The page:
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April 2015 Archives

Fired employee files whistleblower lawsuit against ex-employers

One of the simplest ways for an employer to avoid some potentially headache-inducing legal action is to respect the rights of its current and former employees. Doing anything unethical or in violation of the rights of these people will practically assure you and your company of a lawsuit. Even though it may sound patronizing to hear that last sentence, ethical and employee rights violations happen all the time, so this lesson sadly needs to be repeated.

Look no further than a whistleblower lawsuit that involves the Georgia State Lottery. A former employee of the lottery was a high ranking official, and he was asked to present manipulated sales numbers for a presentation to the lottery's board. He informed his bosses that the numbers weren't right and he objected to this notion, but the presentation went ahead anyway.

Then, just a week later, he was fired from his job because "misleading information" was distributed to board members. The employee was understandably frustrated and filed a lawsuit because of the state lottery's "unethical and illegal" actions. At best, the state lottery was trying to shift blame for the presentation to this employee. At worst, the state lottery was trying to cover up their own failings.

The employee is not only suing the state lottery, but the president of the lottery specifically, Debbie Alford. She was one of the people that pressured him to present the flawed numbers, so the employee alleges.

Retaliatory acts towards employees and unethical behavior towards whistleblowers are legal nightmares for companies. So it is best to even avoid letting them happen in the first place. Respect your employees and uphold their rights to facilitate a happier -- and far less legally-murky -- work environment.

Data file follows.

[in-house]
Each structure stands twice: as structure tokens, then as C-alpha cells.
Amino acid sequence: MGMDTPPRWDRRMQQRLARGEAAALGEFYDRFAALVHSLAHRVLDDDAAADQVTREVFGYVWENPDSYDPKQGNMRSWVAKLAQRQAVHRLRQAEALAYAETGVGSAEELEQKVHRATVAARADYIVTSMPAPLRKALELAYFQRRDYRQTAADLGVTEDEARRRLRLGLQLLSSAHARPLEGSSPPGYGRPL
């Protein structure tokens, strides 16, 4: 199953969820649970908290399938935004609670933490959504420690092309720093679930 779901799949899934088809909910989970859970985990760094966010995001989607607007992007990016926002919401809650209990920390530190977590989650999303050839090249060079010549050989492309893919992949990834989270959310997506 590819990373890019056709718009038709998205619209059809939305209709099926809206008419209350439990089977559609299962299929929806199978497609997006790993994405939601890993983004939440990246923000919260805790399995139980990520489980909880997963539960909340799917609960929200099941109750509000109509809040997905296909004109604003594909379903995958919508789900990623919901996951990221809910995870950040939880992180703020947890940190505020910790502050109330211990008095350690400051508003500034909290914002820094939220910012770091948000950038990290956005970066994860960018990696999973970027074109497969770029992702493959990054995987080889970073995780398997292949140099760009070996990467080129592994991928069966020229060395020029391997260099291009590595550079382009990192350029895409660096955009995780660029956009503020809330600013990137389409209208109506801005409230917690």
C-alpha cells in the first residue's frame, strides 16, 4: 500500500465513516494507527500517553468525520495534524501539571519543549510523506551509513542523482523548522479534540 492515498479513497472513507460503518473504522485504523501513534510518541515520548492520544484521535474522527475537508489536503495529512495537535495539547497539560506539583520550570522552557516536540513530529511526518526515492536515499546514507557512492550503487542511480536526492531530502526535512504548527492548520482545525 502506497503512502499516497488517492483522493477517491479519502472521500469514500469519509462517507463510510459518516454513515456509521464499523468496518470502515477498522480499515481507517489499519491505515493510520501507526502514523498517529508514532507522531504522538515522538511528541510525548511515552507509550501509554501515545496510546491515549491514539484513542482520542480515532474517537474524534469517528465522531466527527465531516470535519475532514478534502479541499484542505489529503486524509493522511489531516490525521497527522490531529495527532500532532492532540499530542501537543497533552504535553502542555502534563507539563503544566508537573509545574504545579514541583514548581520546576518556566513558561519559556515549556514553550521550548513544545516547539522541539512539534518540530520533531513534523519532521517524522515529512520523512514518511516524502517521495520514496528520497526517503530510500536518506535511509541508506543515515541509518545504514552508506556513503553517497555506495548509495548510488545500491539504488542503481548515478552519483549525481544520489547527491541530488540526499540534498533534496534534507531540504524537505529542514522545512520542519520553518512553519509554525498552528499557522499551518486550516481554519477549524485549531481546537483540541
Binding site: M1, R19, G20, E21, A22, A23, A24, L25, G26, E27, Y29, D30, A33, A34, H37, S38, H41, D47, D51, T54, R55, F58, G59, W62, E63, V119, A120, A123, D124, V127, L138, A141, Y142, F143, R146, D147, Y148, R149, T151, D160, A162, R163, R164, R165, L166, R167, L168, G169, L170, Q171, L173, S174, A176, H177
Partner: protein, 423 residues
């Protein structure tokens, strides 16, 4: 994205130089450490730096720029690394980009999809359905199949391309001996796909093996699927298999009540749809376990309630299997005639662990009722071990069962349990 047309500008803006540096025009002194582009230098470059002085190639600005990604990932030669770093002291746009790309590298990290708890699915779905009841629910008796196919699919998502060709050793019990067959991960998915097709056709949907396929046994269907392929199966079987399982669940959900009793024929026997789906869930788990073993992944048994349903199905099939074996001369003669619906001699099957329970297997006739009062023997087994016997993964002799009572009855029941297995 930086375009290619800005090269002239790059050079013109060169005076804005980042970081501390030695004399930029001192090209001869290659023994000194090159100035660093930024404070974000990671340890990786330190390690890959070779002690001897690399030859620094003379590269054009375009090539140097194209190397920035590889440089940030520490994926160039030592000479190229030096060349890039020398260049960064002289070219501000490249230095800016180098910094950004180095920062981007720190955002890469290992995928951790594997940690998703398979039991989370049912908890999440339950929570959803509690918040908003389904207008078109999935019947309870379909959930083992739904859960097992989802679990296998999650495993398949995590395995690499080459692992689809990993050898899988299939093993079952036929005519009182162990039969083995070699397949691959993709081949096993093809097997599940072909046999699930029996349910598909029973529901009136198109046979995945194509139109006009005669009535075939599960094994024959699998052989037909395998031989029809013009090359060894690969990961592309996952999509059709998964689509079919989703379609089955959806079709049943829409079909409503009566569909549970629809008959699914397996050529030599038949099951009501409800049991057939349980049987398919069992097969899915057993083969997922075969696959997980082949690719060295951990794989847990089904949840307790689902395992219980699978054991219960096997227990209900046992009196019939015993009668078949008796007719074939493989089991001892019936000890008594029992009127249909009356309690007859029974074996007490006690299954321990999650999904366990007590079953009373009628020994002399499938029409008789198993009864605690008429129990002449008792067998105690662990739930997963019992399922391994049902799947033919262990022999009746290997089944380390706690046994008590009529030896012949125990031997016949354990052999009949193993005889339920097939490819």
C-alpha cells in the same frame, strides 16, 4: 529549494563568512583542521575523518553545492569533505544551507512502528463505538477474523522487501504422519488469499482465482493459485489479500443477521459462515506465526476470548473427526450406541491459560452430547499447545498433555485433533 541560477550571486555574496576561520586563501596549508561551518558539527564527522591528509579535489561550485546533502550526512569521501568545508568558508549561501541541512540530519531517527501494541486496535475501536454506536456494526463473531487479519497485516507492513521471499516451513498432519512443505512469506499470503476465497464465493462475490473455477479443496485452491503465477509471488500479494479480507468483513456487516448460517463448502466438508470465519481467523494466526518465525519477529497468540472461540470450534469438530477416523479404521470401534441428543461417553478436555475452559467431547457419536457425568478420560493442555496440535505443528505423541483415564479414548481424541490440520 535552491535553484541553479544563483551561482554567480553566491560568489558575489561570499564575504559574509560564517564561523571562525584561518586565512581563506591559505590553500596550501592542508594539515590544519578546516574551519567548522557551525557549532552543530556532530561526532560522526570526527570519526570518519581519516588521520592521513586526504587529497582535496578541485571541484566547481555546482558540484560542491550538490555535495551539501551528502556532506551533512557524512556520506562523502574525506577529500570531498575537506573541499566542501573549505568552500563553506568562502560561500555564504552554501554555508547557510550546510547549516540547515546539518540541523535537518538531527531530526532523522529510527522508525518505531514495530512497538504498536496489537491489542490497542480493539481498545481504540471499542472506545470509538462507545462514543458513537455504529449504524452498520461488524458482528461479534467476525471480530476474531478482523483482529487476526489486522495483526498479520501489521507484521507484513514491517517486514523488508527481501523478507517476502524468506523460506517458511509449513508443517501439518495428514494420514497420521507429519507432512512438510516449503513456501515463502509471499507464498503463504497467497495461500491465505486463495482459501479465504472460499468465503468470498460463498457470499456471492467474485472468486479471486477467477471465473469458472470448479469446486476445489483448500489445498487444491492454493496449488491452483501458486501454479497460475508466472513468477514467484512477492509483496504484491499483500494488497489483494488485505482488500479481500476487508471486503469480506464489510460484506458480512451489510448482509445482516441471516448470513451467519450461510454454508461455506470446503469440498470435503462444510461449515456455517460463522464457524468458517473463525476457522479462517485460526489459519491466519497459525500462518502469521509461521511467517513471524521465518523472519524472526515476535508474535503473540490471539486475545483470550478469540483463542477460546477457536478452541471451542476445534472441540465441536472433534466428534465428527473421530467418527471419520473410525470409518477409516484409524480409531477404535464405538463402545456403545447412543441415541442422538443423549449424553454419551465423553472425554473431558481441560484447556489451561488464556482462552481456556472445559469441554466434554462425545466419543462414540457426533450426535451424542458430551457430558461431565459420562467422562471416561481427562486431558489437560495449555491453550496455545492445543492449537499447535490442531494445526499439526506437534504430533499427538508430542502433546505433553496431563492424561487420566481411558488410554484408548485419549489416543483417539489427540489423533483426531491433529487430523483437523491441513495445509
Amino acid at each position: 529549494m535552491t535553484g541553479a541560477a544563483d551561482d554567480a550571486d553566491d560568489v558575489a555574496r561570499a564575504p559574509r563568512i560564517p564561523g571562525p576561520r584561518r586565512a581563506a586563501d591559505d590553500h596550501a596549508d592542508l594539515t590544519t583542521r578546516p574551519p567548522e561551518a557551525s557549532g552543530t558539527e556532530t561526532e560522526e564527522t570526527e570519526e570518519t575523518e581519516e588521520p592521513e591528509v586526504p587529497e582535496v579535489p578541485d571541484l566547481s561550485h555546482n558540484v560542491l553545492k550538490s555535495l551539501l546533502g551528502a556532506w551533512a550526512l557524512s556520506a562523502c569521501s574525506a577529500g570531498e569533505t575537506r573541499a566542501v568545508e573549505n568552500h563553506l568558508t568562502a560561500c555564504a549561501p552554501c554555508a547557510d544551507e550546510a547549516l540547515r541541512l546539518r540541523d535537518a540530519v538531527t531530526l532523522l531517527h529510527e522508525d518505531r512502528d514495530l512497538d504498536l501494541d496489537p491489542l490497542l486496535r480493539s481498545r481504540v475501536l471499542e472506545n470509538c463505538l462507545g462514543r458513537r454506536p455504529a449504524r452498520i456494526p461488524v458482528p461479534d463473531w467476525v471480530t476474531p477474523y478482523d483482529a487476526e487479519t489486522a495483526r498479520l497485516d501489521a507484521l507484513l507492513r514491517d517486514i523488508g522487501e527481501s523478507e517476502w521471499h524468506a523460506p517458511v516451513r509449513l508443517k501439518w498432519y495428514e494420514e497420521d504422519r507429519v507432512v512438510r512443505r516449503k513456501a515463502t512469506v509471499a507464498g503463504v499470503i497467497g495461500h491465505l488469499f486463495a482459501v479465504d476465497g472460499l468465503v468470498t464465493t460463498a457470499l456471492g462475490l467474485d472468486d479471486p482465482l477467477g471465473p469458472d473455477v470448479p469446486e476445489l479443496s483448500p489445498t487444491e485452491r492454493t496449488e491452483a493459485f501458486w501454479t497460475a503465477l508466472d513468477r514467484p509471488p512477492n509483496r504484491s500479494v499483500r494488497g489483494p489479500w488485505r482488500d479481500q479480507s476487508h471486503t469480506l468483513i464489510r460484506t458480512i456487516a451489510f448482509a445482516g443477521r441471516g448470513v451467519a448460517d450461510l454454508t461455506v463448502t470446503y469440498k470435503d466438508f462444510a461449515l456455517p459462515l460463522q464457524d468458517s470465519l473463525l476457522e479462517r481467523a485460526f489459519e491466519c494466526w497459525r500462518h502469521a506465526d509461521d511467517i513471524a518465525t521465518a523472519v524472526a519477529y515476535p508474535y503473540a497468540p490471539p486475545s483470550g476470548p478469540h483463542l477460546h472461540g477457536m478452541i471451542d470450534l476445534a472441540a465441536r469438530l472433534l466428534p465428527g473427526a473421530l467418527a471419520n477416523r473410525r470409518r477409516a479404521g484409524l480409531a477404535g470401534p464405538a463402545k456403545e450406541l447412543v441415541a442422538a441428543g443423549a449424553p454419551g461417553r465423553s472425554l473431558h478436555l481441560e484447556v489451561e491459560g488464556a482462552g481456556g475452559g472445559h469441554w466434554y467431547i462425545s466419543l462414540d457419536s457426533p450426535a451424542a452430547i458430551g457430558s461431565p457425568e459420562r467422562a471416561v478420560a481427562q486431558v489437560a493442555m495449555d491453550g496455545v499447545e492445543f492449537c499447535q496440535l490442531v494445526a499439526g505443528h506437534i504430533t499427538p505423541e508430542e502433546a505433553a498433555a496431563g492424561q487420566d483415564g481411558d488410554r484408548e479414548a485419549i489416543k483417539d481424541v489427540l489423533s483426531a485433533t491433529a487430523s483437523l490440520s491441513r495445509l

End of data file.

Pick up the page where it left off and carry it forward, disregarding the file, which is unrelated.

Source: Atlanta Journal Constitution, "Former top lottery official files whistleblower lawsuit," James Salzer, April 23, 2015

The importance of non-compete contracts for businesses

Imagine that you are an employer, and you have to make some difficult decision about your employees. Lay-offs are happening, and so you have to pick a few candidates to get rid of, even though you may not really want to do it. As you let the last few go, you feel a twinge of disappointment -- and yet also a twinge of security. These are talented people you are letting go of, and they have built up tremendous knowledge of your company's ways and clients.

So why do you feel secure? Well, that's where a non-competition agreement comes into play. Most companies utilize non-competes to ensure that their ways and secrets aren't given to a competitor via a former employee. Non-competes can also restrict a former employee's ability to work for a competitor of the company.

Non-competes can be signed at any time, and they do hold significant value for the employer. Of course, given the restricting nature of these contracts, non-competition agreements often come under significant scrutiny should an employee contest the document's validity. The courts will certainly look at the document with a keen eye.

So, any employer will want to ensure that their documents are as close to "ironclad" as they possibly can be. One key aspect of non-competes is their "reasonableness." In other words, if, as an employer, you make an employee sign a non-compete that doesn't seem to serve a rational purpose or if the agreement's restrictions fail to observe some semblance of a reasonable timeline, then the contract will not be deemed "reasonable."

In this regard, duration and scope are two of the biggest factors. As an employer, you certainly have legitimate concerns and needs when dealing with an employee who is signing a non-compete. Just make sure that in relation to the duration of the non-compete and the scope of the non-compete that you are being fair and reasonable.

Source: FindLaw, "Non-Competition Agreements: Overview," Accessed April 7, 2015

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